Special Supplement – What I Want for 2015

As a special supplement to yesterday’s blog about what we should all want for 2015, I wanted to share with you what some of my personal goals are for 2015 in working on ending homelessness and increasing affordable housing:

1. To not feel alone when I sometimes feel afraid.

I am afraid sometimes that no one else is pushing the rock uphill. I am afraid sometimes that those precious resources that are available are being spent all wrong. I am afraid sometimes that more people will die before we commit ourselves to change at a scale that is necessary. There is an “I” in “Illness” and a “We” in “Wellness”. When I am sick and tired and lonely and worn out I am afraid that I am all alone. This year I want to know how I am connected to others on the same mission with the same goal. I want to know there are more shoulders carrying the load, acting as one. I want to know that on nights when I am all alone and on the road and miles from home that someone thinks all of the effort is worth it.

2. Fewer haters.

This work is hard enough. I could use a few less haters of me or the message this year. And I know other long blades of grass in a sea of lawnmowers that feel the same more often than they should. On the interpretation of facts, I welcome people to disagree. On the merits of my presentation methods I appreciate not everyone understands or applauds how I present the messages I choose to speak of in any given day. But your hatred is wearing me down. Haters started to win in 2014 and that caught me off guard.

3. An End to Askholes – Accepting the answers to the questions asked.

The classic askhole wants the answer but doesn’t want to act upon it when given. I am a professional answer giver. I get paid to give my best possible answers. Here’s to a year of people accepting the answer they are given and acting upon it rather than: a) thinking the answer given cannot possibly be the solution; and/or, b) asking more questions from other people until they hear what they want to hear.

4. A positive spin on being an arms dealer.

Generally speaking I do not like being touched by people I do not know really well. I want to get over that a bit in 2015. I want more hugs from people that just want to communicate in a way that only an embrace can – I am with you.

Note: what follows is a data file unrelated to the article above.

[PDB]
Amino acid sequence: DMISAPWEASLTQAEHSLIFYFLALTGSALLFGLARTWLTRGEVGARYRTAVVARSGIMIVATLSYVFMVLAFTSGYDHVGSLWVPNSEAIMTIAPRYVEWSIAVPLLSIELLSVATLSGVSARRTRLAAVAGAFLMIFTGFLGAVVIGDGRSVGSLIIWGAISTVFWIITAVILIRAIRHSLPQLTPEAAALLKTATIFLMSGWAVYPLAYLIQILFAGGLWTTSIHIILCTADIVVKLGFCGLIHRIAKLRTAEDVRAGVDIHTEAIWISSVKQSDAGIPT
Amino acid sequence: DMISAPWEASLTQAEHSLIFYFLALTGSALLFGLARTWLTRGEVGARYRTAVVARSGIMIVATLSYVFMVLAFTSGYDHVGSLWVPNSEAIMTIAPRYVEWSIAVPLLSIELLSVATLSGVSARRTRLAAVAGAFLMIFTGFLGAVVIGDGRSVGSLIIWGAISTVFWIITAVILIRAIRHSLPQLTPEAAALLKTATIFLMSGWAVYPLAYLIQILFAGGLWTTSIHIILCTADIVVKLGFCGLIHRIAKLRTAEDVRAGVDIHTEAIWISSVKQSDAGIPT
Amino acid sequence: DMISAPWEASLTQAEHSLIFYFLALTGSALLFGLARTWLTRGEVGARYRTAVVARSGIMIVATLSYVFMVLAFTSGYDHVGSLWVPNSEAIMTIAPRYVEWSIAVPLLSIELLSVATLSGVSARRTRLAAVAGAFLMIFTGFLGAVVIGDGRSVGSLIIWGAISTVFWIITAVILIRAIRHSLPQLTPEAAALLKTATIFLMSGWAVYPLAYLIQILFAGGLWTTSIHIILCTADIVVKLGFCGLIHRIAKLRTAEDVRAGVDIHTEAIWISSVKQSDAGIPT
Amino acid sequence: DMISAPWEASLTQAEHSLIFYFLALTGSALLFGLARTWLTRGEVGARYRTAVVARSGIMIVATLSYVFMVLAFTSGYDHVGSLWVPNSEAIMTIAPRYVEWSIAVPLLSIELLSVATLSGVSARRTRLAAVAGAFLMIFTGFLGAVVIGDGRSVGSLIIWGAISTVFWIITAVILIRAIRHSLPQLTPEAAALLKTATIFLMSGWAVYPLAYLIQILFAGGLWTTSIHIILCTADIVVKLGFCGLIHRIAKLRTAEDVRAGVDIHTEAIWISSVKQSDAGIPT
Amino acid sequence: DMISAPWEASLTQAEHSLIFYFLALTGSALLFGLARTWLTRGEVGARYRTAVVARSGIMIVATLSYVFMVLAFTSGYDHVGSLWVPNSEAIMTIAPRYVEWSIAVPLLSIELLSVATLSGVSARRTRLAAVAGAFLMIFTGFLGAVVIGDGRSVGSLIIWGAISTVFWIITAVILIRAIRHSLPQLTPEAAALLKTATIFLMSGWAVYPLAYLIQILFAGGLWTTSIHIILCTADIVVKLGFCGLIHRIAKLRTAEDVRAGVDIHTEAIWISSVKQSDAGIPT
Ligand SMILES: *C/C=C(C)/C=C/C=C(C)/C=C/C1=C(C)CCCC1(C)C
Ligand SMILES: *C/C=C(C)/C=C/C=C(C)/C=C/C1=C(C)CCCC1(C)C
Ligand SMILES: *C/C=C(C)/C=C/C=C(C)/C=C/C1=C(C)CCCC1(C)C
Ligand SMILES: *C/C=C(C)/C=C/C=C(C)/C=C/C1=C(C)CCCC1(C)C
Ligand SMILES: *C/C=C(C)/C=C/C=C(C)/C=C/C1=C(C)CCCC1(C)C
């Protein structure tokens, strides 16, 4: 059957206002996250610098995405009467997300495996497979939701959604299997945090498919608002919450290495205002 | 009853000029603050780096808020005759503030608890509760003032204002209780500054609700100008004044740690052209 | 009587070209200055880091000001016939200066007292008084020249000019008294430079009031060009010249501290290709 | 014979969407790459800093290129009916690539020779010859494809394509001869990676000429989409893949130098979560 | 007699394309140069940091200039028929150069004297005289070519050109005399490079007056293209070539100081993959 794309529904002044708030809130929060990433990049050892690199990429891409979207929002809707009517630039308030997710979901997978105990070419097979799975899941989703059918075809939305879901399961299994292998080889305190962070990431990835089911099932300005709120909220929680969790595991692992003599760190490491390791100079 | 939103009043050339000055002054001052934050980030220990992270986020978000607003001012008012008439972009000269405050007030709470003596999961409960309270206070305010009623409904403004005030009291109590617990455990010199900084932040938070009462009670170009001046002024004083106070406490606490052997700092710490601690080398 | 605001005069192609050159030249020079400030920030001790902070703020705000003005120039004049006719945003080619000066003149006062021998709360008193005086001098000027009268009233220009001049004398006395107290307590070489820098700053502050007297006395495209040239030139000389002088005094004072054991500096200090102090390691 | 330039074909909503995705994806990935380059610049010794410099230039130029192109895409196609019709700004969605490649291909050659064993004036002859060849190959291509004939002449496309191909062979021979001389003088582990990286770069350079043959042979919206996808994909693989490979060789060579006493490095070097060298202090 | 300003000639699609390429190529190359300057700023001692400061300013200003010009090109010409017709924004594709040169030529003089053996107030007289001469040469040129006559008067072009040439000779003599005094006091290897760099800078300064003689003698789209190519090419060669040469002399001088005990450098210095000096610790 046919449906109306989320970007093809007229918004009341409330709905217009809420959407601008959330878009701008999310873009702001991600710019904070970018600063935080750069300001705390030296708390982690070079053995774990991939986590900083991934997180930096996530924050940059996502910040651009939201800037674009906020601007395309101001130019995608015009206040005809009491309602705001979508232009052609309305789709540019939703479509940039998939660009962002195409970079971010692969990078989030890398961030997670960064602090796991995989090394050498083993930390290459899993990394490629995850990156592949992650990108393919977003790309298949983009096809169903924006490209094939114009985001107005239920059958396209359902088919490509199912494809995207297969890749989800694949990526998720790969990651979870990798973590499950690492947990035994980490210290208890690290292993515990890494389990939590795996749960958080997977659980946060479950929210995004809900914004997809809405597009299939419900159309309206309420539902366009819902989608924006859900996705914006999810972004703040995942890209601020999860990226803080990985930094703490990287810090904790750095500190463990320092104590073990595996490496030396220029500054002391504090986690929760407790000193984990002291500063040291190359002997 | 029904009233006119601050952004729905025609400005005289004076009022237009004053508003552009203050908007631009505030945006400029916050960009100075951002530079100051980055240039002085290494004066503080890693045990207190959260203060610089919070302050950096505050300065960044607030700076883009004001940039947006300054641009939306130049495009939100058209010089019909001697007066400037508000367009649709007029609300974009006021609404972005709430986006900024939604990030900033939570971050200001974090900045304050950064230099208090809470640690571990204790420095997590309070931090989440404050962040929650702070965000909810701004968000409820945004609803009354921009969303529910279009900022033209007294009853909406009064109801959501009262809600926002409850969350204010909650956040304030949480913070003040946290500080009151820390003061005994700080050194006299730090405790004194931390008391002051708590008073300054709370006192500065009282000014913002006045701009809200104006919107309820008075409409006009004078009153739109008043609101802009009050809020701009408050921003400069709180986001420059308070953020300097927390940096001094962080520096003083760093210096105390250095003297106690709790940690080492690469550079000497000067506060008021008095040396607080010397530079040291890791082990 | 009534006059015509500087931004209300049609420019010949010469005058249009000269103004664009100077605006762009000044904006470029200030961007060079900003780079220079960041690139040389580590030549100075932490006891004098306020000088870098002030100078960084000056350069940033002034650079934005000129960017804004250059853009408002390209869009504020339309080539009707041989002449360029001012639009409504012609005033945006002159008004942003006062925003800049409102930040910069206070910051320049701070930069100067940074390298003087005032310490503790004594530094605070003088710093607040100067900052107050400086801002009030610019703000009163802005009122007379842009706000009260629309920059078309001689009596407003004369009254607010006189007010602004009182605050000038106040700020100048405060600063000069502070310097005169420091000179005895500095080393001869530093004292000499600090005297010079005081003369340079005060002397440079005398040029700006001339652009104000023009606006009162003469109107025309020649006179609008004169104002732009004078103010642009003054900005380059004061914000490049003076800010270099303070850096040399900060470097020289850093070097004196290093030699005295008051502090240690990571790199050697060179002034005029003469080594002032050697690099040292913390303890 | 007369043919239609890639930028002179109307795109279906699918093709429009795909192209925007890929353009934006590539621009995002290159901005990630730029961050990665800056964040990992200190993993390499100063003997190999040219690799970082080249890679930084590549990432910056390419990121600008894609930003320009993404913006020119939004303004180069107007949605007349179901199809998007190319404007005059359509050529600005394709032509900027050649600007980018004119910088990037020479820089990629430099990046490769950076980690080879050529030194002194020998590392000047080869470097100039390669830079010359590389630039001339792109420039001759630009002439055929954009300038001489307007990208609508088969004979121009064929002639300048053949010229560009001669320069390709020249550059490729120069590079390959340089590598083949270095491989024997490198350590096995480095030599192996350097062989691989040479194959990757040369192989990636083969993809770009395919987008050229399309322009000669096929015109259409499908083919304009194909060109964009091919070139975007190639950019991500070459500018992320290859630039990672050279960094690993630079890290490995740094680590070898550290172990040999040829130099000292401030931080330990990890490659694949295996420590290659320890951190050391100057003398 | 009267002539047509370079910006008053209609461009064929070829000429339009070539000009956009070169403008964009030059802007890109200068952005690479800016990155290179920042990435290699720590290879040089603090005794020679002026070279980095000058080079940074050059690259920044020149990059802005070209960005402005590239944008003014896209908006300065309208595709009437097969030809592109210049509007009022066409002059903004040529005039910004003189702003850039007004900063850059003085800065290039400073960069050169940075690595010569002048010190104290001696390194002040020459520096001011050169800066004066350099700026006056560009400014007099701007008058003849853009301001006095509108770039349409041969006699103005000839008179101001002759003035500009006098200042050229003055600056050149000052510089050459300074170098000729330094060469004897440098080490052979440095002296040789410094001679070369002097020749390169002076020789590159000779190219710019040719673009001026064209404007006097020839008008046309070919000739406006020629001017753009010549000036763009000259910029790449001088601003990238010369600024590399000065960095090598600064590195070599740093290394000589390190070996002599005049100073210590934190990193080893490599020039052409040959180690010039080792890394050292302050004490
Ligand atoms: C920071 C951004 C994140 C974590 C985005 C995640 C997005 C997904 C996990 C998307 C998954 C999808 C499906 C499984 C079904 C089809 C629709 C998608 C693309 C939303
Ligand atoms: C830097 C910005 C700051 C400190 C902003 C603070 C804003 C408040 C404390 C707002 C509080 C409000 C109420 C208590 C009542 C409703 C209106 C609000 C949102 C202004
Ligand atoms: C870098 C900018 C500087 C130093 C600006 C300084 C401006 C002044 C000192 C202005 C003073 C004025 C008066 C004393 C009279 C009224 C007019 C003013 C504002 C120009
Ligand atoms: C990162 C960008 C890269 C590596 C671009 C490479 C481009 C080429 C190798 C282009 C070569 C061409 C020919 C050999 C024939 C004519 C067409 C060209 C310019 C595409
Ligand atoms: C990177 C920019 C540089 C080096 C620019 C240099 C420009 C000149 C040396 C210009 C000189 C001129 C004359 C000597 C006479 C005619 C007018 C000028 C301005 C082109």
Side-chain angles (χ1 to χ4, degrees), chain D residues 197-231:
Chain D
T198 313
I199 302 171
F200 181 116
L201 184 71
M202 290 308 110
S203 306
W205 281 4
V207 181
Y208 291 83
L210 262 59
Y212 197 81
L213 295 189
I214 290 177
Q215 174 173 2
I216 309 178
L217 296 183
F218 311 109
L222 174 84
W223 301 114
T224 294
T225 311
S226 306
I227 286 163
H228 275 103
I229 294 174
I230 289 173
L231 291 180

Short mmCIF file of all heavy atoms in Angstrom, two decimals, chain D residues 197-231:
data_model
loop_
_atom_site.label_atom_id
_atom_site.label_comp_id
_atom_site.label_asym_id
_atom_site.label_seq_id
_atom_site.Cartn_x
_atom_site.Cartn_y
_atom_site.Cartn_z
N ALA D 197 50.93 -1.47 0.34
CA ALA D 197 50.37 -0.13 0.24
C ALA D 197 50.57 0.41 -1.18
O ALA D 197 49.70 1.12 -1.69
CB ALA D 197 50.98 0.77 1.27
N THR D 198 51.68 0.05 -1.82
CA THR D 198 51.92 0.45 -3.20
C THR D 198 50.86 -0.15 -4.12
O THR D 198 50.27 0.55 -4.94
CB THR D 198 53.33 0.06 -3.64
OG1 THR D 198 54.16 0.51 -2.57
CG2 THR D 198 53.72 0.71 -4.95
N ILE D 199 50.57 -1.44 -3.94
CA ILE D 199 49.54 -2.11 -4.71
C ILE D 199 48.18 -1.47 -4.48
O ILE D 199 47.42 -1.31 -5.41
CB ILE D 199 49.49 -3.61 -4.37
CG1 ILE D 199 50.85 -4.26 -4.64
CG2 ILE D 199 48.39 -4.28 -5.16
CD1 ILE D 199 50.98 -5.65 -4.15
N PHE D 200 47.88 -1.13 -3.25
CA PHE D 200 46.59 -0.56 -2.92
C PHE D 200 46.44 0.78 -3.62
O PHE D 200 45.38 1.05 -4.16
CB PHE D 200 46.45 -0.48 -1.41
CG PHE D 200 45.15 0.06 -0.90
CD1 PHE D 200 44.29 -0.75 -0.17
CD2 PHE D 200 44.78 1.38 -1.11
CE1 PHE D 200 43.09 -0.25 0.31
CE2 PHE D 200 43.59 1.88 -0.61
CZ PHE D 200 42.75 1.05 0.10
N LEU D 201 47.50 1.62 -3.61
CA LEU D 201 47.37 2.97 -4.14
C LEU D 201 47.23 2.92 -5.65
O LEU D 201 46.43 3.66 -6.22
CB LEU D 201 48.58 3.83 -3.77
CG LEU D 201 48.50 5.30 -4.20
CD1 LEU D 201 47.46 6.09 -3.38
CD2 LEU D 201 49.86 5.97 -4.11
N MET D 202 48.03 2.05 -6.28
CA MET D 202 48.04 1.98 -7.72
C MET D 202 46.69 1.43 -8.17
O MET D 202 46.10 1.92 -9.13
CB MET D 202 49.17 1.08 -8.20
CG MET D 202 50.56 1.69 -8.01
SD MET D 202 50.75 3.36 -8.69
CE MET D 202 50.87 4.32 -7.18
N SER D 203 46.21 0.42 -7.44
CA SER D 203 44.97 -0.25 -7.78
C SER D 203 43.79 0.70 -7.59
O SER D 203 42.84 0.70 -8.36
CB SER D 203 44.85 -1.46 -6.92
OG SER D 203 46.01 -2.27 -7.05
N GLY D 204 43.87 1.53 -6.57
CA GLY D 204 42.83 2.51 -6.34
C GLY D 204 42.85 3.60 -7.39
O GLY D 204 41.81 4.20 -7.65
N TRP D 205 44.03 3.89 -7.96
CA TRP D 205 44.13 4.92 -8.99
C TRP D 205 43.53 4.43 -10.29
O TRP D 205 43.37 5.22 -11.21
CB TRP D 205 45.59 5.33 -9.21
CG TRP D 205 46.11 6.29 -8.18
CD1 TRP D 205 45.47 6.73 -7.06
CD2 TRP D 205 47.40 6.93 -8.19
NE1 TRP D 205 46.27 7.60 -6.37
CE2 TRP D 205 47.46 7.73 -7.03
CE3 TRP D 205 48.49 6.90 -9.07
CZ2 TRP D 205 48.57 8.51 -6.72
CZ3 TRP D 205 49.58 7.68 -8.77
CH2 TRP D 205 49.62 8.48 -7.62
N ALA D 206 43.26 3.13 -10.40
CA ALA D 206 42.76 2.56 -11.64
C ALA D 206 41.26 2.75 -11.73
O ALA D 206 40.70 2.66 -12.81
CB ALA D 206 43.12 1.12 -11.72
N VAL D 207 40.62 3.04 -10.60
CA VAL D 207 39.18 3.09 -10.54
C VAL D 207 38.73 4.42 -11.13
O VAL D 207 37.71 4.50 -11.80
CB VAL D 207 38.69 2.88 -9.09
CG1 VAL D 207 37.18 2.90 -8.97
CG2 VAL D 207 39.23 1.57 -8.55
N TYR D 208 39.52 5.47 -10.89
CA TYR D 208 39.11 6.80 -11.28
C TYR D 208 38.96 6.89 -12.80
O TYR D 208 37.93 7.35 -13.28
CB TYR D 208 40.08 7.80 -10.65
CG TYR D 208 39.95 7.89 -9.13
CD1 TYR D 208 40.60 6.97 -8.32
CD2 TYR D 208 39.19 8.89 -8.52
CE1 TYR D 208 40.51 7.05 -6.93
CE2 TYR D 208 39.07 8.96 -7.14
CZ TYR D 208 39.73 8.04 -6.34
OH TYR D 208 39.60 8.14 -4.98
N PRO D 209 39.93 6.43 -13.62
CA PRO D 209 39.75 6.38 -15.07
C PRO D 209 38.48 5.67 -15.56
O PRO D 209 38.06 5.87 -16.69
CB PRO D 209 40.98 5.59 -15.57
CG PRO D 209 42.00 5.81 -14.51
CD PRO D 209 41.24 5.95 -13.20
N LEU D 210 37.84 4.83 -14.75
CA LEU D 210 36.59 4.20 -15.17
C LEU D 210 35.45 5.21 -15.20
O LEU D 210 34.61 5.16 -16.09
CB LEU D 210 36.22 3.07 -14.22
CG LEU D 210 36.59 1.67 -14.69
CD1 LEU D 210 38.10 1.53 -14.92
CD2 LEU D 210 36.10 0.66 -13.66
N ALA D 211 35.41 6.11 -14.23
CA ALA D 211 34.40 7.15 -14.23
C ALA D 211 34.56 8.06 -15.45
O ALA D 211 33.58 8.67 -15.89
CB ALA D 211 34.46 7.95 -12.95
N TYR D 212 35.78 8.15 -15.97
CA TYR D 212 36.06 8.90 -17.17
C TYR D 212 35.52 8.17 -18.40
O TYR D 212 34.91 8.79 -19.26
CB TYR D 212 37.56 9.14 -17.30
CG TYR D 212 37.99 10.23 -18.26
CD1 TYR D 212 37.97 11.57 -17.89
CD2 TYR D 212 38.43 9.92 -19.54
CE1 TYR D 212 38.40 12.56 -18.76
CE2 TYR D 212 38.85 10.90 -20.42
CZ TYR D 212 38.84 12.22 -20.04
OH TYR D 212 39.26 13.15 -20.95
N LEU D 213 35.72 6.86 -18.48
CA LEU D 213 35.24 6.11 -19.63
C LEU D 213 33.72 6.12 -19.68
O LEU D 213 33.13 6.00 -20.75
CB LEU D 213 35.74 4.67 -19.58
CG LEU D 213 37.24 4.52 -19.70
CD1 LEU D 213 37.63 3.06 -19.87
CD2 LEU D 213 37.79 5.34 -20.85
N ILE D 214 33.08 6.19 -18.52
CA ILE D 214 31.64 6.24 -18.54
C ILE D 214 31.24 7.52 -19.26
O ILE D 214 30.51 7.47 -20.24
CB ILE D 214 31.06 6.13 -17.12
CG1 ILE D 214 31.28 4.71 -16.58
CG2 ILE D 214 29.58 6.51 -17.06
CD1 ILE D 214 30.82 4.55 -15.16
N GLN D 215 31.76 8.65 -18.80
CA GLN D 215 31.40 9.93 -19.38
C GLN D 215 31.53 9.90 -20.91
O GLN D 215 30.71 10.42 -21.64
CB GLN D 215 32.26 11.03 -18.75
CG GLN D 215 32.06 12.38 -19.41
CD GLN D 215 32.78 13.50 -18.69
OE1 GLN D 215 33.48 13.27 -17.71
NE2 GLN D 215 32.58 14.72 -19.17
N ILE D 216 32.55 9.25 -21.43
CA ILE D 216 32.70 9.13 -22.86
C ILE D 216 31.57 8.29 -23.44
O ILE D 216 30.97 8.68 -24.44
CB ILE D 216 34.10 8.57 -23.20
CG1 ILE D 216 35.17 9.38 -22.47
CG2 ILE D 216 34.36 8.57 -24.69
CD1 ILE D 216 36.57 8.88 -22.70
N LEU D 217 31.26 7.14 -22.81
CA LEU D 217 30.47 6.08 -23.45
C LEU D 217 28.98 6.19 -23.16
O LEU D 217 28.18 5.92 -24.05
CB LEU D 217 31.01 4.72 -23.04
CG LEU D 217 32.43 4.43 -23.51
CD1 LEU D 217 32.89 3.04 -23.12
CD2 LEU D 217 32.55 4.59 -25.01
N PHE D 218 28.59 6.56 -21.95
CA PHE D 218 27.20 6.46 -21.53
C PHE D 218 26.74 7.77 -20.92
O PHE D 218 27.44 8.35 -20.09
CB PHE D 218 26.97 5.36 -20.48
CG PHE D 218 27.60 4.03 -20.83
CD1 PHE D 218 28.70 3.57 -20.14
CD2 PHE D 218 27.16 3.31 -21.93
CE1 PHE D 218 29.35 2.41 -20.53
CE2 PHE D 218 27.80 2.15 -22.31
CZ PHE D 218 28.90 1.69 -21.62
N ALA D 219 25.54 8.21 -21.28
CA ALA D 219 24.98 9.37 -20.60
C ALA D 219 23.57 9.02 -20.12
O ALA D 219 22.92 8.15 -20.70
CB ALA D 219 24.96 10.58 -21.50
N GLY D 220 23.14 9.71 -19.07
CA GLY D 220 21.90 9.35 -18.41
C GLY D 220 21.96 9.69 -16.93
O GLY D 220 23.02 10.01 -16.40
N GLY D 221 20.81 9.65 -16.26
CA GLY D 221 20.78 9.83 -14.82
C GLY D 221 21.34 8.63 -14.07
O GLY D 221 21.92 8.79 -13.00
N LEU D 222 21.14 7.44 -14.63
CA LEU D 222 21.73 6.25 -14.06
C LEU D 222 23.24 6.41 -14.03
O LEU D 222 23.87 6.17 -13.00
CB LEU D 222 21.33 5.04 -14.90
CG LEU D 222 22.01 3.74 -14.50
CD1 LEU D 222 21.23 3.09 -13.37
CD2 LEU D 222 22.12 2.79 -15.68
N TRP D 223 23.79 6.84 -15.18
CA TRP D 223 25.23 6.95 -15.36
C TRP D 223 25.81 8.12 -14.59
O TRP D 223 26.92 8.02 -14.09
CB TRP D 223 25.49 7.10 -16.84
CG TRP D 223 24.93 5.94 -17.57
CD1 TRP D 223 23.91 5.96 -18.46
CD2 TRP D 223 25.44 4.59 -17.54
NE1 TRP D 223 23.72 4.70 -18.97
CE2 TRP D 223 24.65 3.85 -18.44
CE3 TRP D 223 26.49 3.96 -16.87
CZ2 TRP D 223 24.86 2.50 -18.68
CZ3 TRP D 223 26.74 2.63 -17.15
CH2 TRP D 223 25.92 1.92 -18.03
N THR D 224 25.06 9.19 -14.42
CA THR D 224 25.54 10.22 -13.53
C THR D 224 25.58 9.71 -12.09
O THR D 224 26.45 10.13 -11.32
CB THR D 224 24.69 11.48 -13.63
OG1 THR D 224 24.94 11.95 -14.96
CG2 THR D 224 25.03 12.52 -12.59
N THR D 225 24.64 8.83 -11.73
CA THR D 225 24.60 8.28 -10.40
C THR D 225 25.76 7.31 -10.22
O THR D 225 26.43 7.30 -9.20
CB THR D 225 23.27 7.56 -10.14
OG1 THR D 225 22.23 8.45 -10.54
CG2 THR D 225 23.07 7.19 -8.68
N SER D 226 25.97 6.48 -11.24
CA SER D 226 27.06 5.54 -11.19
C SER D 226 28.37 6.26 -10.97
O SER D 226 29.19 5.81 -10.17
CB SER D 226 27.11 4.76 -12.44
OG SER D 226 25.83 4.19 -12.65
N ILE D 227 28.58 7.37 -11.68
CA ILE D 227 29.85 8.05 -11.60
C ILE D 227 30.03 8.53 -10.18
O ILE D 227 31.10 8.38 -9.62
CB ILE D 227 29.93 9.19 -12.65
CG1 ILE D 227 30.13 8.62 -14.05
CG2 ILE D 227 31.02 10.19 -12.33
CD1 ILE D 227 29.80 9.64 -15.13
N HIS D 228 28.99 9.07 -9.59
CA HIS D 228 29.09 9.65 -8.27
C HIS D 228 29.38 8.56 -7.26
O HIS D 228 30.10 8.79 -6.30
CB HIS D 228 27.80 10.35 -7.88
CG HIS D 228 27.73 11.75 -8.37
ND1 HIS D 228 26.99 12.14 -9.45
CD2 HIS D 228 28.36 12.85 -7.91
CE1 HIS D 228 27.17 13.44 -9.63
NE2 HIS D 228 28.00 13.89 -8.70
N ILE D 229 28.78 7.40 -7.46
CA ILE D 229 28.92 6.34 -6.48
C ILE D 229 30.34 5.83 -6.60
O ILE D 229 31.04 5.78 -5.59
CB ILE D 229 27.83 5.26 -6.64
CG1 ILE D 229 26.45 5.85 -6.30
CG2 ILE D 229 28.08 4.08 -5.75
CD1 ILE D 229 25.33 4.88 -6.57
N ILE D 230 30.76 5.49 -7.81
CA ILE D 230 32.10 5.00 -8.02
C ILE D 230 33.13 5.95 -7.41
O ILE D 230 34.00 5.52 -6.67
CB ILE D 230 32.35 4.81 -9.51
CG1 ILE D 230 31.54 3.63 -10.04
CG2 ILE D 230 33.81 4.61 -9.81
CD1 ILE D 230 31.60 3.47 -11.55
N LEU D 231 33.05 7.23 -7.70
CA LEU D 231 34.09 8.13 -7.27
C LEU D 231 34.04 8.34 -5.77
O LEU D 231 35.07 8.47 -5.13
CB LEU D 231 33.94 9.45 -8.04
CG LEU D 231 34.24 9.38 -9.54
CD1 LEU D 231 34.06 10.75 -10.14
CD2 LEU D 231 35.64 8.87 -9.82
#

5. Improved health.

Here is to a year with fewer red-eye flights, accepting more homemade dinner invites rather than restaurant food night after night, more runs on roads I’ve never visited before, and lower blood pressure. Here is to a greater focus on mental wellness. Here is to a few more nights of at least 6 hours of sleep.

6. More time with family.

My family pays the biggest sacrifice for what I do every single week. I need a few more weekends with an extra day at home. I need a few more work assignments when daddy can have one of his special assistants come along for the plane ride and extra time in the swimming pool.

7. Renewed faith.

More than once in 2014 I lost a little faith in humanity. It felt a little like vomit does when it reaches the top of your throat and goes back down. I want to rediscover faith that sometimes all of this hard work pays off. I want people to share what is working not to be boastful, but to give the rest of us collective hope that it is all worth it.

8. Less agreeing to disagree.

If someone is completely wrong, I need to speak truth to the power of their lie. When there is fact, I am compelled to allow that to contradict opinion. If they are held tight in a cocoon of cognitive dissonance, I need to keep saying it in different and polite ways – you are wrong. Why? Because I care too much about ending homelessness and improving housing and social policy to allow for the continuation of fairy tales when we have proof.

9. Figuring out the business side of consulting.

We give away a lot of stuff for free (as you will note if you ever try to “buy” things off our website…your check out cart asks for $0 money) and we lose money on the SPDAT and I bought out the other partner of OrgCode in 2014 which came at a huge personal cost. Balancing what people can afford to pay with what we need in order to cover our costs (I am not the only staff at OrgCode) is always hard. There is no Foundation or Sponsor of our work. We aim to be more or less a break-even, for-profit company. But I need to get my head around how to do that better and not alienate potential communities to assist in the process.

10. Being awesome.

I want to inspire awe. This probably means I need to dedicate some time to the things I love like music and stand-up, and maybe even take a retreat and a real vacation to charge my batteries more than once this year. I want to be the man my young kids think I am, while being worthy of the highest esteem of my wife. I want them to know and feel that all I do is worth it.

About Iain De Jong

Leader. Edutainer. Coach. Consultant. Professor. Researcher. Blogger. Do-gooder. Potty mouth. Positive disruptor. Relentless advocate for social justice. Comedian. Dad. Minimalist. Recovering musician. Canadian citizen. International jetsetter. Living life in jeans and a t-shirt. Trying really hard to end homelessness in developed countries around the world, expand harm reduction practices, make housing happen, and reform the justice system. Driven by change, fuelled by passion. Winner of a shit ton of prestigious awards, none of which matter unless change happens in how we think about vulnerability, marginality, and inclusion.

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